Tuesday, March 26, 2013

Radio Losing Out To Sports Fans

Sports radio stations continue to "fight" against each other instead of focusing on maintaining their listening audience. They can't afford to miss out on any more opportunities.

With the baseball season starting in less than a week, and with baseball having been the most "radio friendly" sport over the years, we are seeing some very current examples. It's not the fault of radio that the vast majority of games are televised. Years ago every team had a percentage of games which were "radio only". Not only has radio lost the exclusivity of at least some of the games, it now is "losing" to more than television.

Those who grew up from the 50's into the 80's still remember the days of bringing your portable radio with to the game so that you could enjoy the legendary broadcasters while watching the action for yourself. Listeners to Vin Scully on Dodgers home games might recall his sometimes having to ask fans at the game to "turn down your sound" so that there would not be any more feedback over the air, as well as the times he (Scully) would announce something and you could hear the crowd react directly to what he said.

Now, even though every MLB game is still aired on radio, most broadcasts have let not only television, but modern technology, pass them by.

MLB just announced some results from a survey of its fan base around the country via the "Fans At Bat Panel". While the results show a lot of positives for baseball (and in a way, for all sports) in terms of fan involvement, radio is nowhere to be found. More than 60% of respondents said they use "any" digital multimedia device while watching an MLB game on TV. These "devices" do not include radio. Instead, it refers to internet access for tracking statistics and/or interacting with other fans, whether via cell phone, tablet, or desktop computer. Interacting with other fans includes Facebook and Twitter.

Many of the TV stations and regional networks which televise the games now have and promote
interactive capabilities during the games, providing updated statistics and avenues for fan reaction. Viewers watching the game can use the station or network web site to track statistics and interact throughout. You can also track other games easily, especially later in the season if your team is in the race.

Yet, the majority of MLB radio broadcasts seem to have regressed during the same period. With so much clutter (commercials, team promos, etc.) during the broadcasts, the amount of time spent on out-of-town scores and general team coverage seems to have dropped significantly over the past few years. Even though the internet makes it easier than ever for broadcasters (and producers and assistants in the booth) to track other important games as closely as pitch-by-pitch. It seems like the "out of town scoreboard" is limited to every couple of innings as a throw-in so that it can be sponsored.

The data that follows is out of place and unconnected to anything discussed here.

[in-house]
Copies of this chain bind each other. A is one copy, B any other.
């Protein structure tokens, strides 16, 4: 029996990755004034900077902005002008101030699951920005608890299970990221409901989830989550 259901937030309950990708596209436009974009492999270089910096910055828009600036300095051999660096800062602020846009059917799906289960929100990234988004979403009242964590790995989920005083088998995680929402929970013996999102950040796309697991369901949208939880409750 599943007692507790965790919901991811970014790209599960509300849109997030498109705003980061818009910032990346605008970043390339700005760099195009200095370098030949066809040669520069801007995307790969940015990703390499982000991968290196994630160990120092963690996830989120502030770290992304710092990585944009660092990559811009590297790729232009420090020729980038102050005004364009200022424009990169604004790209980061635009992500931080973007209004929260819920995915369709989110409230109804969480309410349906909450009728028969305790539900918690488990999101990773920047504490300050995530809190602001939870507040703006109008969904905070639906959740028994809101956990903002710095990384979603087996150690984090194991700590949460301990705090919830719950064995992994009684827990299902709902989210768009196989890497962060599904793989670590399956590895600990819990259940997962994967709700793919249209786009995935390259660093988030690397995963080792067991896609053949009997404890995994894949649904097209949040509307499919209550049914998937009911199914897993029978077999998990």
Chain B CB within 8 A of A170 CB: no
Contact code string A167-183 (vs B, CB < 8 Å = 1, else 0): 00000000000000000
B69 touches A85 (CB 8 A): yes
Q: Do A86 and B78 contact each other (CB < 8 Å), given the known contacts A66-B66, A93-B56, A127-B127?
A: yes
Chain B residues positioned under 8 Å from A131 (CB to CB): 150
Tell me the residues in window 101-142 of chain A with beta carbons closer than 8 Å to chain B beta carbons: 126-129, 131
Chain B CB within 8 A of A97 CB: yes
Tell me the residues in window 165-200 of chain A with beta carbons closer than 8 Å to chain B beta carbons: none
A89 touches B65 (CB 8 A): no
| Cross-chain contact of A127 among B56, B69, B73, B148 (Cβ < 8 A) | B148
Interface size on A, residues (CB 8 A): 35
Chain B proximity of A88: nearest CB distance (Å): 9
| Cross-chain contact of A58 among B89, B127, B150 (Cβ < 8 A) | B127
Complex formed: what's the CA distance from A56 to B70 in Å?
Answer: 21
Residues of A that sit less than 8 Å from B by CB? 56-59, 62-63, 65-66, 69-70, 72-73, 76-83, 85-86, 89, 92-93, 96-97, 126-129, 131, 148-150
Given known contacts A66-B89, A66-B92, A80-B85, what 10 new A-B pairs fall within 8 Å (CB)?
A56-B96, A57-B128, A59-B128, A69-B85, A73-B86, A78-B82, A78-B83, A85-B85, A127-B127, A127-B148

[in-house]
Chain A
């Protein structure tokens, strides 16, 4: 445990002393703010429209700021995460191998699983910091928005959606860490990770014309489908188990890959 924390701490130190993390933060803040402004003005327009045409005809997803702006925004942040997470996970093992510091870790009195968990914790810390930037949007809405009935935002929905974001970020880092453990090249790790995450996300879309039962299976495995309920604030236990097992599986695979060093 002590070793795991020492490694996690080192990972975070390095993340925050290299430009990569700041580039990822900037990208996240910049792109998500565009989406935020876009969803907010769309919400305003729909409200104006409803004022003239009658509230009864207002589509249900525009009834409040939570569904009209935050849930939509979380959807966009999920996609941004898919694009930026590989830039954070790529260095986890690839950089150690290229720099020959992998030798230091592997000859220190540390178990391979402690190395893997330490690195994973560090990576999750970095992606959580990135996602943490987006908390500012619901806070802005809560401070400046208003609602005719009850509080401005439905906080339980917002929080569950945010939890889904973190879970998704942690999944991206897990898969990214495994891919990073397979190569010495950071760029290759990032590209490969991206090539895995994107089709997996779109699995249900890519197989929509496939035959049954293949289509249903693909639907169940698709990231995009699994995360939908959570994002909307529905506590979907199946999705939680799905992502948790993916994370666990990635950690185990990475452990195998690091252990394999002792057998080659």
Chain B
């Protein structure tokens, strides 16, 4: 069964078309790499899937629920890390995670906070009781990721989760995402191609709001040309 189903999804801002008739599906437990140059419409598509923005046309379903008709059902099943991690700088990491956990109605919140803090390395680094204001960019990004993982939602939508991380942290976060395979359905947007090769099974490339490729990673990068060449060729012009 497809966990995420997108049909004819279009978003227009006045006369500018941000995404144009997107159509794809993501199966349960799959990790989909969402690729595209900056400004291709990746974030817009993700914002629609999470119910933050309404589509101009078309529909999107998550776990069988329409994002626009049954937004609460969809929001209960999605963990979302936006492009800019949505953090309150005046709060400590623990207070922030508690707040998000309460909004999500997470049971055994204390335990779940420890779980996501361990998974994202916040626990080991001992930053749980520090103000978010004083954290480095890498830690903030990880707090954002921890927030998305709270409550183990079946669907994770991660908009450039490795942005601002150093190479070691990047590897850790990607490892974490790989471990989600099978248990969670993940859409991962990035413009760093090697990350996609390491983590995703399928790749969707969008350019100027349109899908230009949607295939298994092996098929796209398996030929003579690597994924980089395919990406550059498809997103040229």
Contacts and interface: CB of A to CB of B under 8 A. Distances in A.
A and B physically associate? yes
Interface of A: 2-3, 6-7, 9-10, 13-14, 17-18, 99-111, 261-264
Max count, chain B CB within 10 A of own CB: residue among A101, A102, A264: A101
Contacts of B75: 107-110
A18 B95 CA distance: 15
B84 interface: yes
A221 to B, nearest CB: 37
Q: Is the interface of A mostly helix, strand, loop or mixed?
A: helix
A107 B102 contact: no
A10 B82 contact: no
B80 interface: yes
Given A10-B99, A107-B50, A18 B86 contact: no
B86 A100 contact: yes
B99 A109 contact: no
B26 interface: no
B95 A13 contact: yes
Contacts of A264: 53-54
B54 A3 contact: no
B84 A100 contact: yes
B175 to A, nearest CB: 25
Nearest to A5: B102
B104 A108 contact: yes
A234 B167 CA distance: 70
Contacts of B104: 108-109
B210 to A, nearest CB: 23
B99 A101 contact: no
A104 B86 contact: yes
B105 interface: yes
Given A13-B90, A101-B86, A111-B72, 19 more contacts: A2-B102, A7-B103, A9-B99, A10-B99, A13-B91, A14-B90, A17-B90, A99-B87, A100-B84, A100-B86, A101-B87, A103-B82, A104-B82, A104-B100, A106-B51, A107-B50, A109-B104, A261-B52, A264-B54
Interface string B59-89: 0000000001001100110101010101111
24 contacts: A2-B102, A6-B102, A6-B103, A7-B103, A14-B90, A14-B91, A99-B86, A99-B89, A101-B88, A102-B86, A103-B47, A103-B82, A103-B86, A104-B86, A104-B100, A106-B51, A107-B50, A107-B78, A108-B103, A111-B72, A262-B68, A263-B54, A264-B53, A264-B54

Think back 25 or 30 years. There was no internet and no having out-of-town games on all over the place. All the broadcasters had was the ticker. Yet, between pitches, you would hear "and Atlanta just scored three runs in the top of the sixth to lead Philadelphia five to two" and a couple of batters later that "Kansas City failed in the seventh in Baltimore". The announcers would keep fans up to the minute on other games and baseball news. You would also hear about pitching changes in the other games.

In this survey, about 33% said they keep track of their fantasy team while at home. While radio broadcasts only mention out-of-town homeruns and sometimes the pitchers.

Now, for the most part, the broadcasters and the stations seem to assume that fans are checking the scores on the phone or are online. And that's the problem. Even if fans are, radio's not providing this information makes it (radio) a much less valuable resource.

To that point, the Fans At Bat Panel survey also showed that 43% use a personal device when attending a MLB game. And a "personal device" no longer includes radio.